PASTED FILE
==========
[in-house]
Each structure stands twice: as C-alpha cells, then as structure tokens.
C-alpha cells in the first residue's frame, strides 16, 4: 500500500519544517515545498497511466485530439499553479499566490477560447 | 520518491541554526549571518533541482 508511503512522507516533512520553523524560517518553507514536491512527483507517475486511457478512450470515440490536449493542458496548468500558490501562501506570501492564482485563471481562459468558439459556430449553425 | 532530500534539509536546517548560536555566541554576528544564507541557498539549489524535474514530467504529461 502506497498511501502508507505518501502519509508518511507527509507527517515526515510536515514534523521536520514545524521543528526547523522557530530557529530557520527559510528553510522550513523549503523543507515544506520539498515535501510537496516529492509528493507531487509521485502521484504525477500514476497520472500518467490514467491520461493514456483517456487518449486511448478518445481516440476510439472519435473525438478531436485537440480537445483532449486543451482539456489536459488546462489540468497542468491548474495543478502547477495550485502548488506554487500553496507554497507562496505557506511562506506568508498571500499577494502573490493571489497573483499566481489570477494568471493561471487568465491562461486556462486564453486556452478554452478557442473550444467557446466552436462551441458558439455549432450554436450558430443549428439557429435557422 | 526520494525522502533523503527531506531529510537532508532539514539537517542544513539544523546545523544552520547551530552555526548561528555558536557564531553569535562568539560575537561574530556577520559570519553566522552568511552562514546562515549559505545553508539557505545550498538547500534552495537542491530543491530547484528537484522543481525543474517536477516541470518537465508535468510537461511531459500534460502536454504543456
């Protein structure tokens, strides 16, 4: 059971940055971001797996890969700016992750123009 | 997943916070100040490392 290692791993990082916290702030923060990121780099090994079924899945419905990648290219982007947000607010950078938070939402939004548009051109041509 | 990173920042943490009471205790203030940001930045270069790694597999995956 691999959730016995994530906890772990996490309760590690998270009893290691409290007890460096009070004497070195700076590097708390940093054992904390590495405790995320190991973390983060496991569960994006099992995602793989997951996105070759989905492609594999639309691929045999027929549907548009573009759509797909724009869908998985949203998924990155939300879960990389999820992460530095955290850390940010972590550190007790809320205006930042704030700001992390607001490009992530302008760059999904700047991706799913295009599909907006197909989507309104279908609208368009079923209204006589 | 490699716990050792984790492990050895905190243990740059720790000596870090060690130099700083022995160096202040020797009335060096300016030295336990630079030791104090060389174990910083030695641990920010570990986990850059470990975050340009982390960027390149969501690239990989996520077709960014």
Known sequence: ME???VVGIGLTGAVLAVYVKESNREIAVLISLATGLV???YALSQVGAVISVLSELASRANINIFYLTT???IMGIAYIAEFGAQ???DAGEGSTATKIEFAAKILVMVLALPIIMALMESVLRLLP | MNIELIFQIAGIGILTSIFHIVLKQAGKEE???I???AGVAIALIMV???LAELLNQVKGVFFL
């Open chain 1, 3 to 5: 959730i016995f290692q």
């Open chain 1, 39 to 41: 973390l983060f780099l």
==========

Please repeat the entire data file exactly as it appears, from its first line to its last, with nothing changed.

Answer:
[in-house]
Each structure stands twice: as C-alpha cells, then as structure tokens.
C-alpha cells in the first residue's frame, strides 16, 4: 500500500519544517515545498497511466485530439499553479499566490477560447 | 520518491541554526549571518533541482 508511503512522507516533512520553523524560517518553507514536491512527483507517475486511457478512450470515440490536449493542458496548468500558490501562501506570501492564482485563471481562459468558439459556430449553425 | 532530500534539509536546517548560536555566541554576528544564507541557498539549489524535474514530467504529461 502506497498511501502508507505518501502519509508518511507527509507527517515526515510536515514534523521536520514545524521543528526547523522557530530557529530557520527559510528553510522550513523549503523543507515544506520539498515535501510537496516529492509528493507531487509521485502521484504525477500514476497520472500518467490514467491520461493514456483517456487518449486511448478518445481516440476510439472519435473525438478531436485537440480537445483532449486543451482539456489536459488546462489540468497542468491548474495543478502547477495550485502548488506554487500553496507554497507562496505557506511562506506568508498571500499577494502573490493571489497573483499566481489570477494568471493561471487568465491562461486556462486564453486556452478554452478557442473550444467557446466552436462551441458558439455549432450554436450558430443549428439557429435557422 | 526520494525522502533523503527531506531529510537532508532539514539537517542544513539544523546545523544552520547551530552555526548561528555558536557564531553569535562568539560575537561574530556577520559570519553566522552568511552562514546562515549559505545553508539557505545550498538547500534552495537542491530543491530547484528537484522543481525543474517536477516541470518537465508535468510537461511531459500534460502536454504543456
């Protein structure tokens, strides 16, 4: 059971940055971001797996890969700016992750123009 | 997943916070100040490392 290692791993990082916290702030923060990121780099090994079924899945419905990648290219982007947000607010950078938070939402939004548009051109041509 | 990173920042943490009471205790203030940001930045270069790694597999995956 691999959730016995994530906890772990996490309760590690998270009893290691409290007890460096009070004497070195700076590097708390940093054992904390590495405790995320190991973390983060496991569960994006099992995602793989997951996105070759989905492609594999639309691929045999027929549907548009573009759509797909724009869908998985949203998924990155939300879960990389999820992460530095955290850390940010972590550190007790809320205006930042704030700001992390607001490009992530302008760059999904700047991706799913295009599909907006197909989507309104279908609208368009079923209204006589 | 490699716990050792984790492990050895905190243990740059720790000596870090060690130099700083022995160096202040020797009335060096300016030295336990630079030791104090060389174990910083030695641990920010570990986990850059470990975050340009982390960027390149969501690239990989996520077709960014």
Known sequence: ME???VVGIGLTGAVLAVYVKESNREIAVLISLATGLV???YALSQVGAVISVLSELASRANINIFYLTT???IMGIAYIAEFGAQ???DAGEGSTATKIEFAAKILVMVLALPIIMALMESVLRLLP | MNIELIFQIAGIGILTSIFHIVLKQAGKEE???I???AGVAIALIMV???LAELLNQVKGVFFL
């Open chain 1, 3 to 5: 959730i016995f290692q």
């Open chain 1, 39 to 41: 973390l983060f780099l």